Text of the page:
It’s probably fair to say that you’re familiar with the obvious—and sometimes scary!—effects sugar can have on your child.
And it’s probably also no overstatement that, as a concerned parent, you would rather handle your child’s ADHD naturally than resort to medication.
Did you know that studies have actually shown the beneficial results a well-balanced diet can have on those dealing with ADHD?
Yes, low-sugar, no-additives, and high-protein foods together with the right supplements can help control ADHD symptoms.
How exactly can you put this ADHD-friendly diet in action for your child?
The ADHD-Controlling Food Plan
Adjusting the type of foods your child eats can improve their concentration, decrease impulsivity and hyperactivity, and calm aggressive behavior.
What do you need to change to achieve serious symptom relief?
Decreasing the amount of sugar in your child’s diet is the first, and single most important, step to help prevent blood sugar spikes. Why?
Eating high-sugar foods—which includes processed carbohydrates—quickly raises blood sugar levels. To drive the sugar down, your child’s body responds by producing insulin and other hormones, which often lower the sugar level too much. That, in turn, prompts their body to release stress hormones, which cause irritability and can make ADHD symptoms worse.
So, steer clear of waffles, white bread, sugary cereals, and the like. And try keeping a balance on how much naturally sweet foods, such as fruits, your child consumes daily.
Protein-rich foods—such as eggs, dairy, nuts, beans, lean meats, and fish—add to the low-sugar approach because they can help prevent surges in blood sugar. Moreover, they also help your child’s body to produce neurotransmitters, which aid cognitive functions and concentration.
So, aim to include more beneficial protein in your child’s diet. For instance, instead of the aforementioned waffles or cereal, opt for a bowl of oatmeal, a glass of milk, and a piece of fruit. Combining high-protein, high-fiber, and fat with complex-carb foods leads to a more sustained and gradual release of sugar into the blood.
Many studies indicate that hyperactivity in children with ADHD worsens when they regularly consume foods with artificial additives—such as artificial coloring and preservatives. How can you combat these chemical culprits?
Read food ingredient labels carefully and avoid feeding your child foods full of these additives. Some of the most obvious offenders are candies, colorful cereals, soft drinks and fruit punches, and cheese puffs.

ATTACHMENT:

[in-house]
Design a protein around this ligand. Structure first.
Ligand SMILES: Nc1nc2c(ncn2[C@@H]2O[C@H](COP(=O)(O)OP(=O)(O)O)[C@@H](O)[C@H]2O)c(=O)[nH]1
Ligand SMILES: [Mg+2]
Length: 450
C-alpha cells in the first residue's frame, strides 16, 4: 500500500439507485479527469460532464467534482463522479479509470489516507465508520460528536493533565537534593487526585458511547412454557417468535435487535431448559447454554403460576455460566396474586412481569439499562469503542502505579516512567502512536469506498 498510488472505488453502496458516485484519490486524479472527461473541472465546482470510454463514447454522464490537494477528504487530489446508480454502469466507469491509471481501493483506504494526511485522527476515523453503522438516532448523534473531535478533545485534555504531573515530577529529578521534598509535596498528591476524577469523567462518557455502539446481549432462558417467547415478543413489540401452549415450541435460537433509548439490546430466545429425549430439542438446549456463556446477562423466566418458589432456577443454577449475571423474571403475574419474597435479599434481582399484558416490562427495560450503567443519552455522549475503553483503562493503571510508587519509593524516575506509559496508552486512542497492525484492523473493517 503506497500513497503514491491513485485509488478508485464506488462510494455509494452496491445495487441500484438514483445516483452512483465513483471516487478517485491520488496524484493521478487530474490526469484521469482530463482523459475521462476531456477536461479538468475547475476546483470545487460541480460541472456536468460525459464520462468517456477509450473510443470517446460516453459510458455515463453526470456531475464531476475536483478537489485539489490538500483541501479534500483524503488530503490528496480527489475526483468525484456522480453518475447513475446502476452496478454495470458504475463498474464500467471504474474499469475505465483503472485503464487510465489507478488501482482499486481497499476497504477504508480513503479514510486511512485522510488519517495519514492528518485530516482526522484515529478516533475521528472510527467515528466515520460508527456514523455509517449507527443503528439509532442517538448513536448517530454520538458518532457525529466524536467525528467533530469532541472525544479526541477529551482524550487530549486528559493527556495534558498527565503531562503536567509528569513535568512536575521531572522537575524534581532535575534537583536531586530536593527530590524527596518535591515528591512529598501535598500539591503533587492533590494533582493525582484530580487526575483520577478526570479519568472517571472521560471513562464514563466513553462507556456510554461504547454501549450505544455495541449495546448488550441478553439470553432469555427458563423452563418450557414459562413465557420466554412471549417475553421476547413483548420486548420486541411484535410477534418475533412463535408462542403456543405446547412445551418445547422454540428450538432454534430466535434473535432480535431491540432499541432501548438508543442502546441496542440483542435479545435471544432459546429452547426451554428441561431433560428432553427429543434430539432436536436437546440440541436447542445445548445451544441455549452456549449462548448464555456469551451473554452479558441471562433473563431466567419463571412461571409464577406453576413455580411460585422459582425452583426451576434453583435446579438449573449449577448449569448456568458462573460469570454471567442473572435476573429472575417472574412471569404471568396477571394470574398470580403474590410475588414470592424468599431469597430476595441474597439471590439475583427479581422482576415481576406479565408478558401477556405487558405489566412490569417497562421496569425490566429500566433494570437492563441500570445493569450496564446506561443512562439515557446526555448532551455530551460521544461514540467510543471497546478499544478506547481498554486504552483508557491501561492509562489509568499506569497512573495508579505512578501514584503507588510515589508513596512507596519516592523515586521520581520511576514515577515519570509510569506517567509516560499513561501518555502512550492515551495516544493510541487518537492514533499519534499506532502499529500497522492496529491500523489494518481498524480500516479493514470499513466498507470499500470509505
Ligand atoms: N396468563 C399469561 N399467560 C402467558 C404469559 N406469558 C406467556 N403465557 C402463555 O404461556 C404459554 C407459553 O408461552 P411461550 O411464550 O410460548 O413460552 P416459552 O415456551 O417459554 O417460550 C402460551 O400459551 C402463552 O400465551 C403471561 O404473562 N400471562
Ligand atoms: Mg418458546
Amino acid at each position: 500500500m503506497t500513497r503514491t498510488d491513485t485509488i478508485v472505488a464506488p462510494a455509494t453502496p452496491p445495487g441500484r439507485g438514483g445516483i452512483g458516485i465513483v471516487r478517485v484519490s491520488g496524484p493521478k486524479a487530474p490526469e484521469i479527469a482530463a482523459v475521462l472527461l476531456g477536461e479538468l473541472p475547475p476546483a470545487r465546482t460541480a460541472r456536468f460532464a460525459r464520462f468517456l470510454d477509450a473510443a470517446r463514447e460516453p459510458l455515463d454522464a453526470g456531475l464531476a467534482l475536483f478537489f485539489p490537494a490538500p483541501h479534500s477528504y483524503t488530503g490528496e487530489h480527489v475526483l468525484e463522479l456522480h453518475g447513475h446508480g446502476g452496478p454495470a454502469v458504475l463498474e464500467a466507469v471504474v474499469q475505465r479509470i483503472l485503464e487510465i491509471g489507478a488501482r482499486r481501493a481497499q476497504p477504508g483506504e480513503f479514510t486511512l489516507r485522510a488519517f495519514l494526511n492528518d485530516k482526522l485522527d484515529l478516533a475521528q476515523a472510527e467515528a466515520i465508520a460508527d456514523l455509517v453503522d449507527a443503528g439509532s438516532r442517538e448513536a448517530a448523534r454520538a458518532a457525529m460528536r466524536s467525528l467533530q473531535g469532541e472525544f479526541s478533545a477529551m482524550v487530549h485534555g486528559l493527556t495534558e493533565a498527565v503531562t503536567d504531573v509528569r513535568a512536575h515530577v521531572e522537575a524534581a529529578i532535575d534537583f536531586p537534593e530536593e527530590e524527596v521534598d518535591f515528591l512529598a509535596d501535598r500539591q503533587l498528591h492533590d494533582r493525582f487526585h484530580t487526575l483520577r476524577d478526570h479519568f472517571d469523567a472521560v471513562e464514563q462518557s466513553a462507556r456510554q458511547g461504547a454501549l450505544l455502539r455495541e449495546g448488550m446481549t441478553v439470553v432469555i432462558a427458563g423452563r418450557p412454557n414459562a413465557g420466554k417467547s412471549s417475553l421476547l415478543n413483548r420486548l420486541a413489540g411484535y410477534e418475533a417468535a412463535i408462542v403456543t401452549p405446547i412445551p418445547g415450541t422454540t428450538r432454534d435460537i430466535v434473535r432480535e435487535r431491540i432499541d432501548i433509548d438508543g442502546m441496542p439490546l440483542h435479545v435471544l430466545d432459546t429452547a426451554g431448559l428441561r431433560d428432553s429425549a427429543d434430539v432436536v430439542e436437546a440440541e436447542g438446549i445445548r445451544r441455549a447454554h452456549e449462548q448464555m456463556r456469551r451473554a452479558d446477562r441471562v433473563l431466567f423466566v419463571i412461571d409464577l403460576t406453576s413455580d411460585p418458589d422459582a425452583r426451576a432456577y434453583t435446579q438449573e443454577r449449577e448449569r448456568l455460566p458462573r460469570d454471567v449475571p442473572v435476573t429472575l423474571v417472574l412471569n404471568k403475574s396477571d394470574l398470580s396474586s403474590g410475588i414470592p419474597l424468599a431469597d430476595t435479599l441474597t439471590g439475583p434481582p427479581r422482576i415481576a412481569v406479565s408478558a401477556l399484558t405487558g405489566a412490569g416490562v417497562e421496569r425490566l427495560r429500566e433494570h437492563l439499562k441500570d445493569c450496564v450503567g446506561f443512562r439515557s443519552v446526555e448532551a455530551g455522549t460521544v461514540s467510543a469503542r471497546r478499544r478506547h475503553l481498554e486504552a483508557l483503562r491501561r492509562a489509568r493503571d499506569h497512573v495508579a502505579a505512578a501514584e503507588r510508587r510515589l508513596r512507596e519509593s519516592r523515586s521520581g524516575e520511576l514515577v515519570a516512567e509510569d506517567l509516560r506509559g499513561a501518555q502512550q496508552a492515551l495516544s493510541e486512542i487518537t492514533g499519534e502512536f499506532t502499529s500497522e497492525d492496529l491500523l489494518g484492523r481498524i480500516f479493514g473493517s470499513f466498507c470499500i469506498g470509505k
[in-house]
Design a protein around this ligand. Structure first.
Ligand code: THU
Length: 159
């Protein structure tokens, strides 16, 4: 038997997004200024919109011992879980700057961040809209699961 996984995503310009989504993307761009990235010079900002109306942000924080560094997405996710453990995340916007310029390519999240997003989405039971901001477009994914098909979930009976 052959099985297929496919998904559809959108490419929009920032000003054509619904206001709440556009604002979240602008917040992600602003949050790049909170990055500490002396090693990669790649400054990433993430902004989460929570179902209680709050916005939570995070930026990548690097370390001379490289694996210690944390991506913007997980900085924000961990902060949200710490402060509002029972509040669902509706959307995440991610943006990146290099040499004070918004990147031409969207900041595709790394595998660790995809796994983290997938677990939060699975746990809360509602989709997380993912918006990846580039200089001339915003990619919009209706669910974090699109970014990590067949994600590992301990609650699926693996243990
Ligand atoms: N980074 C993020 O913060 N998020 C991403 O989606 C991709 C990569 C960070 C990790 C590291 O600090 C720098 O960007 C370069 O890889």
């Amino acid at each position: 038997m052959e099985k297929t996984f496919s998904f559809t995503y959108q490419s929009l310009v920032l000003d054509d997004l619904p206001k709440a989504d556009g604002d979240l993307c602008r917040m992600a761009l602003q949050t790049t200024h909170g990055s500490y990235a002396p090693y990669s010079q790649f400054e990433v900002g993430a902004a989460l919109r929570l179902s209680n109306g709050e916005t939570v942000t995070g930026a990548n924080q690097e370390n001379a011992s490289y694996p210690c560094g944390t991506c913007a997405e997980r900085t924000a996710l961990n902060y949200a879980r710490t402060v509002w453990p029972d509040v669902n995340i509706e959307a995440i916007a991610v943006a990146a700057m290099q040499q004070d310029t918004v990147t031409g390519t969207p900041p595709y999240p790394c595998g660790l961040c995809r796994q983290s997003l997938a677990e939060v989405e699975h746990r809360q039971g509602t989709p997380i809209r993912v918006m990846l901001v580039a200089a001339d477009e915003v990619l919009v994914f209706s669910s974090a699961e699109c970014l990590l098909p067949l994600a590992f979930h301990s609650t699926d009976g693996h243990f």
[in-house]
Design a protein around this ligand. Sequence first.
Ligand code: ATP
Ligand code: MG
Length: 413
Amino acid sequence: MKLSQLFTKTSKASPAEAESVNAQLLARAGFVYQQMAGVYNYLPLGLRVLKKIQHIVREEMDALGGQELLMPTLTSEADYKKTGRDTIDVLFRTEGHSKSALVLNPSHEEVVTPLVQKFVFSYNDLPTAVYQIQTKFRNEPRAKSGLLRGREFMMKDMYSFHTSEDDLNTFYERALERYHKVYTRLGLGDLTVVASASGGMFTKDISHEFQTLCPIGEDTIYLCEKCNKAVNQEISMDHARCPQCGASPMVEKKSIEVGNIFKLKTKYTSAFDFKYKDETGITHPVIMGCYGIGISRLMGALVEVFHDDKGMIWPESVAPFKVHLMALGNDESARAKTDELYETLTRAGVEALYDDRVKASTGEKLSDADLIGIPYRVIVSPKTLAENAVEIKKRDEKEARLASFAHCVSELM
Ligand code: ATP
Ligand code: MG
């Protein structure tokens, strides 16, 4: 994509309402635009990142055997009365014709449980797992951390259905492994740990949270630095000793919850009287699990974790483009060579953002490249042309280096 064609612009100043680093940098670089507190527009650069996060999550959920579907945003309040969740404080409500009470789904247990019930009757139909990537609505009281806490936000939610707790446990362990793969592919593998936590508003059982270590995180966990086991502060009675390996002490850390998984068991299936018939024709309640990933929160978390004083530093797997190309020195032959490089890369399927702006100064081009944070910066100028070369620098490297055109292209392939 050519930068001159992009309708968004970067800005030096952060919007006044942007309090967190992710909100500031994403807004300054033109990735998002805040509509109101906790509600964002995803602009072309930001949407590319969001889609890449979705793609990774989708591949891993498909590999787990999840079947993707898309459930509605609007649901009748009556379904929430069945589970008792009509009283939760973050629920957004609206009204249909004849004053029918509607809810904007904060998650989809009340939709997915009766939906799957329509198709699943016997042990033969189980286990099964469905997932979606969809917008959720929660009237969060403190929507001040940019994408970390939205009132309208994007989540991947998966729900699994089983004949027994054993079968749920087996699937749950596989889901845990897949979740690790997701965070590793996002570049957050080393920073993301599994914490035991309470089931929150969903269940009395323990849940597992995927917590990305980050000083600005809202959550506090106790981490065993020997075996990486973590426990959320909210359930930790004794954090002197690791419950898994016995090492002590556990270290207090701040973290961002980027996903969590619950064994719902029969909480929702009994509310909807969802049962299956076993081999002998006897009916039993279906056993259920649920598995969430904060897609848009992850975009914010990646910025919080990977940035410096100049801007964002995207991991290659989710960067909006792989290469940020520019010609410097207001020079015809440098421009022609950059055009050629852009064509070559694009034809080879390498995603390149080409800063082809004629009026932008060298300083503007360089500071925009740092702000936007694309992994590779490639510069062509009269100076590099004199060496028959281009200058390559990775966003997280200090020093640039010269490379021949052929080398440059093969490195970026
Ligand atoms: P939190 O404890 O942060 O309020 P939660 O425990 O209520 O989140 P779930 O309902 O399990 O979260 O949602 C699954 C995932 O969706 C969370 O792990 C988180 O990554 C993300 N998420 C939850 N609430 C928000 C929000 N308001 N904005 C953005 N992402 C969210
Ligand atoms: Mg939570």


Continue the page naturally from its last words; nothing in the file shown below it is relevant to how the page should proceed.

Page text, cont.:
Of course, fresh and unprocessed foods should be your firsts choices. However, when you get used to checking labels, you can also find a wide variety of other foods without artificial additives, including bread, cookies, juices, cereals, and even pizza.
There are many herbs and supplements you can make use of to keep your child’s ADHD in check. Here are just a few:
- Iron – Sufficient intake of iron can improve ADHD symptoms almost as much as taking a stimulant. Too much iron, though, is dangerous. Therefore, talk with your child’s pediatrician first before using supplements. You can also increase iron through a diet that includes plenty of lean red meat, turkey, chicken, shellfish, and beans.
- Omega-3 Fish Oil – Omega-3 fatty acids are important for normal brain functioning. They can improve concentration, lessen impulsivity and hyperactivity in children with ADHD. However, unless your child eats lots of fish, they will need to take Omega-3 supplements. Liquid and capsules are best because chewables don’t contain enough of the fish oil to be effective.
- Magnesium and Zinc – Zinc regulates the neurotransmitter dopamine and can help improve the brain’s response to this chemical. Magnesium also is involved in the creation of neurotransmitters connected to concentration and attention. Plus, it has a calming effect on the brain. Keep in mind, though, that the effects of these supplements on ADHD symptoms are not as well documented as those of iron and fish oil.
- Herbs – Several herbs may be beneficial in managing ADHD symptoms. Ginkgo, St. John’s Wort, ginseng, valerian, lemon balm, rhodiola, and pycnogenol may all promote relaxation, improve sleep, hyperactivity, concentration, and reduce anxiety. Remember to talk to a professional to get reliable information and pure herbal supplements.
Above all, keep in mind that supplements take time to fully work. So, don’t give up on the regimen too soon!
Is the right diet a viable option to keep ADHD symptoms in check? Most certainly. As a parent, it takes control of your child’s ADHD to a practical and applicable level.
So what are you waiting for? Get smart about nutrition and help your child live better!